Hold the phone, comrades -- "liberal" is not really "left"
Contrary to popular usage, "liberal" is qualitatively different from "left." It is a centrist
position meant to preserve the status quo by allowing a few reforms that help appease or co-opt efforts at basic systemic change sought by the left.
Part of the confusion in terminology comes from the ever-present tendency in politics toward subverting the language. It's a political weapon first recognized and instituted in the popular mind in Orwell's novel 1984
, but is certainly alive and well today.
It goes back a lot further, of course -- the politically-mindful Confucians in ancient China asserted that "good government begins with calling things by their right names."
To get a handle on liberalism, referring to its history is probably the best way to steer clear of the subjectivity involved in semantic wrangling about the term. Left-oriented European historians like those of the Annales
school (Braudel, Wallerstein, Arrighi et al) give us some pretty interesting background on the matter.
As a policy, liberalism apparently came out of the Congress of Vienna of 1815 and Europe's massive reorganization after the defeat of Napoleon, who represented the culmination (at that time) of the "Age of Revolutions."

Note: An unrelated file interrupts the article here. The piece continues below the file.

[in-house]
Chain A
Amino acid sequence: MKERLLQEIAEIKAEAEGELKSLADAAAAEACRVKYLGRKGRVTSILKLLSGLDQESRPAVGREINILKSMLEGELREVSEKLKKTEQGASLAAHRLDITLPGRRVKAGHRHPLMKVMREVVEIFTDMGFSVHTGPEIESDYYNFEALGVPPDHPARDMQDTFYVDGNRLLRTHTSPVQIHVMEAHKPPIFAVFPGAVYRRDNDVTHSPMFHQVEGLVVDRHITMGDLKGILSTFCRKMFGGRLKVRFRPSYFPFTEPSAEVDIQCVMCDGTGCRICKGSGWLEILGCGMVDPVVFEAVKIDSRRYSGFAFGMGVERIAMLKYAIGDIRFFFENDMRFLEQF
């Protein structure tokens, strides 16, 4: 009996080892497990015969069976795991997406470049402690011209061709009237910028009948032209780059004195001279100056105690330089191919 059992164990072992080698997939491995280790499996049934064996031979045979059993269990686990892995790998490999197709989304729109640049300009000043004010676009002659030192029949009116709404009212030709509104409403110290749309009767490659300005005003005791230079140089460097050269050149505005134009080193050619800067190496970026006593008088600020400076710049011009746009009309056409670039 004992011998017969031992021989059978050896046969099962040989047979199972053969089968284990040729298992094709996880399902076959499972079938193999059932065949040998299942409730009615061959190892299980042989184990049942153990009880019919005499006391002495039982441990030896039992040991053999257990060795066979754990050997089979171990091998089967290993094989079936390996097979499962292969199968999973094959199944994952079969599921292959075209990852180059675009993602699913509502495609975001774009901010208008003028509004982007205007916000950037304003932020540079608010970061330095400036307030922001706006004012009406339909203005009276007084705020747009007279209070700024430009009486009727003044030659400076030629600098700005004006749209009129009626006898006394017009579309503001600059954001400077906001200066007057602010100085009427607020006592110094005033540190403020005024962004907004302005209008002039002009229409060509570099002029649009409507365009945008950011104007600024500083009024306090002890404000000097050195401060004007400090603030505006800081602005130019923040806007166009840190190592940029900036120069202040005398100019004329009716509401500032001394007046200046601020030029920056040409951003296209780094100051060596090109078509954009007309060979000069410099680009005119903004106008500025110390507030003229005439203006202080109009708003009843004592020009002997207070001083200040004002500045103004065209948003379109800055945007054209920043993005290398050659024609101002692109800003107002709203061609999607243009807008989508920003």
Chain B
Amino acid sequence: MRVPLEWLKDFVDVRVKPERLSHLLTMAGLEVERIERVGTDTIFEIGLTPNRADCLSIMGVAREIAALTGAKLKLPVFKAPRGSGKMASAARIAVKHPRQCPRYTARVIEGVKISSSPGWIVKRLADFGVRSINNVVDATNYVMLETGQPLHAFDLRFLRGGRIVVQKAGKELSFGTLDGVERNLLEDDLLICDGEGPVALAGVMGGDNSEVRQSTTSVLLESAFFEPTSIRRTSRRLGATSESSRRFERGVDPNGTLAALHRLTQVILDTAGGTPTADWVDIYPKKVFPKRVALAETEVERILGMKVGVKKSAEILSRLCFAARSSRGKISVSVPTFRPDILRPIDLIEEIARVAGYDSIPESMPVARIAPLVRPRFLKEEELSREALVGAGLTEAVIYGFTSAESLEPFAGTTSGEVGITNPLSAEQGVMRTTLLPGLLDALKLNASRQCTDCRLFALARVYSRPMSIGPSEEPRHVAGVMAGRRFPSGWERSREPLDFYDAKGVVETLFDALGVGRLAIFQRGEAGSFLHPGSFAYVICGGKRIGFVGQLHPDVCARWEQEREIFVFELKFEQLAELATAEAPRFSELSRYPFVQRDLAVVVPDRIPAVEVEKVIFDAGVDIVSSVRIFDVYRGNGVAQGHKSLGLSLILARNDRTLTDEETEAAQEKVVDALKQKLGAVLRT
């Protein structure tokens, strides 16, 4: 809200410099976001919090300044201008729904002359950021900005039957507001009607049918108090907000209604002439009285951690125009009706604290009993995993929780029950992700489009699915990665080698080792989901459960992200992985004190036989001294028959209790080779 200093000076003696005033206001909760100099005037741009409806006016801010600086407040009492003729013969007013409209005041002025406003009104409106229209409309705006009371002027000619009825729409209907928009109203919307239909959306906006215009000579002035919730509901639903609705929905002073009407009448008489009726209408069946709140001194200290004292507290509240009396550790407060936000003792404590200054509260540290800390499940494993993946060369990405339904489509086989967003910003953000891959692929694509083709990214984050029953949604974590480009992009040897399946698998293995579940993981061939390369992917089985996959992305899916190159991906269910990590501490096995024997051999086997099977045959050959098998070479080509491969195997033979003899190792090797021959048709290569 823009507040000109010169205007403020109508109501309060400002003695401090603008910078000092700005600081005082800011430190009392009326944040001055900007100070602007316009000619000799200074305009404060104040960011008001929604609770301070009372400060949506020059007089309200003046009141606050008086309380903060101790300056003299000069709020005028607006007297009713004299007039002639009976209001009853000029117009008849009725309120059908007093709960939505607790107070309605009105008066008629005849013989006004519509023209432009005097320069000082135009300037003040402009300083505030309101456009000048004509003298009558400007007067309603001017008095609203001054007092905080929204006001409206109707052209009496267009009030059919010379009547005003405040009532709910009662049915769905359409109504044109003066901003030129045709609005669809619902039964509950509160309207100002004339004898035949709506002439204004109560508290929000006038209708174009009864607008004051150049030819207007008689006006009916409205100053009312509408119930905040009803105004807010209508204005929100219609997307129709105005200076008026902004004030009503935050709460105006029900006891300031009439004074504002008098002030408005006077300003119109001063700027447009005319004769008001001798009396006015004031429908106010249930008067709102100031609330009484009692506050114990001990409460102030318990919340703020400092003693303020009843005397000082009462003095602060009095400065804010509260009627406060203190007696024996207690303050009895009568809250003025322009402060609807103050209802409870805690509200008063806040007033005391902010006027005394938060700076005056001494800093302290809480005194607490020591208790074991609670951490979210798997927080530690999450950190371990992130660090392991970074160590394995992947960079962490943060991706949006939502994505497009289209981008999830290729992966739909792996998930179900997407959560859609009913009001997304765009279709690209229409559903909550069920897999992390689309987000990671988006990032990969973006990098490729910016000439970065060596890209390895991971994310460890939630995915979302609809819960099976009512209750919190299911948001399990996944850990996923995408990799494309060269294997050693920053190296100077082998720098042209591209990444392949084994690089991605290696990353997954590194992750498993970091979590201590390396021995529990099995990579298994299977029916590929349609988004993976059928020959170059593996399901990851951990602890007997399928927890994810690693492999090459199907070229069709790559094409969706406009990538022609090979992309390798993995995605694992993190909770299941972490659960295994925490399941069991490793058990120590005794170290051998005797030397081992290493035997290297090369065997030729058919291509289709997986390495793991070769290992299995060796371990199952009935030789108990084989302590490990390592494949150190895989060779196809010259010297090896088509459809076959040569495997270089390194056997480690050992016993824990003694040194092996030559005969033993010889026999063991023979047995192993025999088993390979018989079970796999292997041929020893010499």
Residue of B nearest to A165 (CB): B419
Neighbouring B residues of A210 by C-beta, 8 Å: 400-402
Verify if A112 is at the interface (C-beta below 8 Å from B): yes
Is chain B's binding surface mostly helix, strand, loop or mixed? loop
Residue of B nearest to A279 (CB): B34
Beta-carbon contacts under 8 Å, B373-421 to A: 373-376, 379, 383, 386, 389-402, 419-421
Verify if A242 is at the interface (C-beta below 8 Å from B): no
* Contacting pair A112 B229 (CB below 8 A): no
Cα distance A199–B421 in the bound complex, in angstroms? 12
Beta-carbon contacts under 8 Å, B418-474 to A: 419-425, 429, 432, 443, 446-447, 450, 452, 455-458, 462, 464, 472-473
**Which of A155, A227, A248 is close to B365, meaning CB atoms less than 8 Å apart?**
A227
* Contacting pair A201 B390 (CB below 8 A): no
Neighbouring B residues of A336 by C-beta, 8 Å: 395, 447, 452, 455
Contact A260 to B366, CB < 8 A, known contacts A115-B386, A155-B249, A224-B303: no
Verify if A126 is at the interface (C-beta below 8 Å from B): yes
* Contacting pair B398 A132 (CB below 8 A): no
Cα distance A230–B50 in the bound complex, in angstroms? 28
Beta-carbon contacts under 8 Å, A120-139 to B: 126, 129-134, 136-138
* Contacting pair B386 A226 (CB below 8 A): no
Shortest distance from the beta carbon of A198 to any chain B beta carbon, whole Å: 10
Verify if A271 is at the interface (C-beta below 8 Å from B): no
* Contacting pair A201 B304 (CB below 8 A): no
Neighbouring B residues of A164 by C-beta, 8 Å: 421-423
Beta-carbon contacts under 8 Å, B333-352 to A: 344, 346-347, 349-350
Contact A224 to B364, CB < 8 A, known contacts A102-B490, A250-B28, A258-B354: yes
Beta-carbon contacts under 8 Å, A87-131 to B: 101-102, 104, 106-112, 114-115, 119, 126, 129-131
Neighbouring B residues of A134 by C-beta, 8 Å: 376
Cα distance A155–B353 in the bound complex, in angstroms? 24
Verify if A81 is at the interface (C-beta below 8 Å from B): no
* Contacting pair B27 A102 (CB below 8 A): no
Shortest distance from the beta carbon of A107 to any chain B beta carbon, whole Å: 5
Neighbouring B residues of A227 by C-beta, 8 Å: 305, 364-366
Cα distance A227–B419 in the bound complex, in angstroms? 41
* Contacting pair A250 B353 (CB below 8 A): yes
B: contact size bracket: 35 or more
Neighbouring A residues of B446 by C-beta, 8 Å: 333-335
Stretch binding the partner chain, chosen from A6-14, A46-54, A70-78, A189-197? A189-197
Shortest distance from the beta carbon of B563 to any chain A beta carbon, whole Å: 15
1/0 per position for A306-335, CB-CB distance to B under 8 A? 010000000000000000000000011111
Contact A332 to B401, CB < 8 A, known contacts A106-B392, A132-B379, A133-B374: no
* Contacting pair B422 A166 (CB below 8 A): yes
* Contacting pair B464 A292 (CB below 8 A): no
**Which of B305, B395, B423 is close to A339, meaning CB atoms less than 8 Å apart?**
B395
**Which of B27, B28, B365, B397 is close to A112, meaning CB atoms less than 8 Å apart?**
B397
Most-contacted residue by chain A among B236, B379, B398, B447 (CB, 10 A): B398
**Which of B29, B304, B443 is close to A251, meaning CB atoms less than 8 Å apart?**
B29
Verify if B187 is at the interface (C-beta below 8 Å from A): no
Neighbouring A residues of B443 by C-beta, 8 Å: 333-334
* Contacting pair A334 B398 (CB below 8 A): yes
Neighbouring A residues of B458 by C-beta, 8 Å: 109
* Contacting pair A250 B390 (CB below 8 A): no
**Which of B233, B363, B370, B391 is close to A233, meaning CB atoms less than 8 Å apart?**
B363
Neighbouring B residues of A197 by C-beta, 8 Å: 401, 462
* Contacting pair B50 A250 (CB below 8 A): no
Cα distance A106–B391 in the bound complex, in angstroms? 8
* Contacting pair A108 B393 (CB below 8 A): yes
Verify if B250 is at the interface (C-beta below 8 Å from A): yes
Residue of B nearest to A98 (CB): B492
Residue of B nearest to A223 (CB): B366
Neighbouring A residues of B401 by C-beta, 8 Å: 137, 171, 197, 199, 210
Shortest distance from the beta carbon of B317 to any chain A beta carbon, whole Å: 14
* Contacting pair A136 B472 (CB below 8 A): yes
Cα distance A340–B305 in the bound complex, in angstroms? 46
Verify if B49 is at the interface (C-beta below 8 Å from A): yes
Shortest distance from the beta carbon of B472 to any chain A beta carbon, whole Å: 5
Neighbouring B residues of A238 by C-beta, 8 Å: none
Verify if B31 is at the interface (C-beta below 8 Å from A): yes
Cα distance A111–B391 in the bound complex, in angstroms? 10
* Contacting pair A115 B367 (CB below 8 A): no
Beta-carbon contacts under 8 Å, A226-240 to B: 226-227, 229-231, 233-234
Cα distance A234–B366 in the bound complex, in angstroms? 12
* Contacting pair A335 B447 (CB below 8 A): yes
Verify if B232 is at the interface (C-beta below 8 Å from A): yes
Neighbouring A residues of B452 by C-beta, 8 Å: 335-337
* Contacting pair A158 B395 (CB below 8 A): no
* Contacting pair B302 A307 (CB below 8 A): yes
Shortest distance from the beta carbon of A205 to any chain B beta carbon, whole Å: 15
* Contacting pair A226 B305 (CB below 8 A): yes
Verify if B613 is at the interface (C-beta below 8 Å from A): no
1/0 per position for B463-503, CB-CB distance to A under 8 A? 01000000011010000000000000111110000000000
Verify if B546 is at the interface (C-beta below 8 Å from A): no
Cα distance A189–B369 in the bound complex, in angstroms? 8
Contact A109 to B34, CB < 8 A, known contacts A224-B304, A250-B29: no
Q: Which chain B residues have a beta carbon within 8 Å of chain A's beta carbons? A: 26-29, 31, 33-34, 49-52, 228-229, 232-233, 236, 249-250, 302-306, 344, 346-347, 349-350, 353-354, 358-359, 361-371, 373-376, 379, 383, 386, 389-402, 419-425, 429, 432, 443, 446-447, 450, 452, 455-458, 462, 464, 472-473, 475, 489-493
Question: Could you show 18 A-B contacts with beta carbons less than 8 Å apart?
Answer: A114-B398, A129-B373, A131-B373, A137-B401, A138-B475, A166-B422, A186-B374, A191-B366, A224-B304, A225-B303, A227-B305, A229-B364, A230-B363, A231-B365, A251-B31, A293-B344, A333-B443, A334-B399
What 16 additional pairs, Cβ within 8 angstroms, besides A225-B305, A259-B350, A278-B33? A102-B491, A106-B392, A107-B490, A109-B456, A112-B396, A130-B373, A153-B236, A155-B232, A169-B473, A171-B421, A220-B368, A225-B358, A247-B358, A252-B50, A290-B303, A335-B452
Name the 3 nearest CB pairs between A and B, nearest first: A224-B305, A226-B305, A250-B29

The powers-that-be recognized that revolutionary tendencies among the masses meant the established power structure could no longer be sustained by the current system of monarchy, so reforms were put in place with the aim of appeasing them -- a program of concessions to "the dangerous classes."
These included free public education, "patriotism" bolstered by universal military service, widening of suffrage into non-landowner classes, and somewhat later, social insurance.
As Wallerstein puts it, "In response to burgeoning masses of disenfranchised wage-workers, Western states began a program of 'palliative' reform."
This also included establishing our present notion of "social progress," which helped stabilize the status quo, since the promise of it created patience among those classes who would otherwise be quicker to agitate.
Yes, we're talking labels, with all the standard disclaimers hereby invoked. Still, I'd say that in blunt terms, "liberal" is ruling-class, "left" is working-class.
I'd also suggest that anyone comfortable with the label "left" would also accept -- or at least, not be offended by -- the label "socialist." Certainly, that works for Bernie Sanders!
--#liberal #left #class #socialist #statusquo #progress #revolution